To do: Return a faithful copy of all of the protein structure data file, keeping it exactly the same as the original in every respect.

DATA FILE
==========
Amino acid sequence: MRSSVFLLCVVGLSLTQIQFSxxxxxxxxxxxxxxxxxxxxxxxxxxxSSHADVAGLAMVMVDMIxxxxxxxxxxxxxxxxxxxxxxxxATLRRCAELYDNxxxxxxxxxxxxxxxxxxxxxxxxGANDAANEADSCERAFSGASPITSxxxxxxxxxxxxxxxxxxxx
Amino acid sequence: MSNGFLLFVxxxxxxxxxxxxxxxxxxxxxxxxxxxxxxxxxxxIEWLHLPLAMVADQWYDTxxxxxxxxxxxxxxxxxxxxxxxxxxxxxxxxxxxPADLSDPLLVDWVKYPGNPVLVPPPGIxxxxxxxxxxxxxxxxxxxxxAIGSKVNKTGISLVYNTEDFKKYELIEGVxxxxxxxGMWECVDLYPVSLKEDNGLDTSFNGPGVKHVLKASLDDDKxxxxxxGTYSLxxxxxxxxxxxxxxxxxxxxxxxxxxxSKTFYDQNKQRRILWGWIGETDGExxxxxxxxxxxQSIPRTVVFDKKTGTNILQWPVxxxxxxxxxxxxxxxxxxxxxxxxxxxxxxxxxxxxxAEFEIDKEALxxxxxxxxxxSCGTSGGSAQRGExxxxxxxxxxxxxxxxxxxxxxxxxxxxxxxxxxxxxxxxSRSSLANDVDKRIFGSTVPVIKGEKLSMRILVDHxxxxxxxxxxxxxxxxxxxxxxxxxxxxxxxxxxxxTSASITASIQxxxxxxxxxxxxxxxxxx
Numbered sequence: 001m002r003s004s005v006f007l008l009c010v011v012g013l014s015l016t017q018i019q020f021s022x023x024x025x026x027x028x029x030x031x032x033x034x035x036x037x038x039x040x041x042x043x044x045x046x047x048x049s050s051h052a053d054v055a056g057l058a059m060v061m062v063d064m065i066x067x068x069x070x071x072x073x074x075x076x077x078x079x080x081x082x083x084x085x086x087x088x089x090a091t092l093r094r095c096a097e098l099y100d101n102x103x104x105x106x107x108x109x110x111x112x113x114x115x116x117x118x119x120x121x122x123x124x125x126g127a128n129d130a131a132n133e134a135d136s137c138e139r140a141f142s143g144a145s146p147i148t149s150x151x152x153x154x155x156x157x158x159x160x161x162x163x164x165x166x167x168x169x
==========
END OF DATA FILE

Amino acid sequence: MRSSVFLLCVVGLSLTQIQFSxxxxxxxxxxxxxxxxxxxxxxxxxxxSSHADVAGLAMVMVDMIxxxxxxxxxxxxxxxxxxxxxxxxATLRRCAELYDNxxxxxxxxxxxxxxxxxxxxxxxxGANDAANEADSCERAFSGASPITSxxxxxxxxxxxxxxxxxxxx
Amino acid sequence: MSNGFLLFVxxxxxxxxxxxxxxxxxxxxxxxxxxxxxxxxxxxIEWLHLPLAMVADQWYDTxxxxxxxxxxxxxxxxxxxxxxxxxxxxxxxxxxxPADLSDPLLVDWVKYPGNPVLVPPPGIxxxxxxxxxxxxxxxxxxxxxAIGSKVNKTGISLVYNTEDFKKYELIEGVxxxxxxxGMWECVDLYPVSLKEDNGLDTSFNGPGVKHVLKASLDDDKxxxxxxGTYSLxxxxxxxxxxxxxxxxxxxxxxxxxxxSKTFYDQNKQRRILWGWIGETDGExxxxxxxxxxxQSIPRTVVFDKKTGTNILQWPVxxxxxxxxxxxxxxxxxxxxxxxxxxxxxxxxxxxxxAEFEIDKEALxxxxxxxxxxSCGTSGGSAQRGExxxxxxxxxxxxxxxxxxxxxxxxxxxxxxxxxxxxxxxxSRSSLANDVDKRIFGSTVPVIKGEKLSMRILVDHxxxxxxxxxxxxxxxxxxxxxxxxxxxxxxxxxxxxTSASITASIQxxxxxxxxxxxxxxxxxx
Numbered sequence: 001m002r003s004s005v006f007l008l009c010v011v012g013l014s015l016t017q018i019q020f021s022x023x024x025x026x027x028x029x030x031x032x033x034x035x036x037x038x039x040x041x042x043x044x045x046x047x048x049s050s051h052a053d054v055a056g057l058a059m060v061m062v063d064m065i066x067x068x069x070x071x072x073x074x075x076x077x078x079x080x081x082x083x084x085x086x087x088x089x090a091t092l093r094r095c096a097e098l099y100d101n102x103x104x105x106x107x108x109x110x111x112x113x114x115x116x117x118x119x120x121x122x123x124x125x126g127a128n129d130a131a132n133e134a135d136s137c138e139r140a141f142s143g144a145s146p147i148t149s150x151x152x153x154x155x156x157x158x159x160x161x162x163x164x165x166x167x168x169x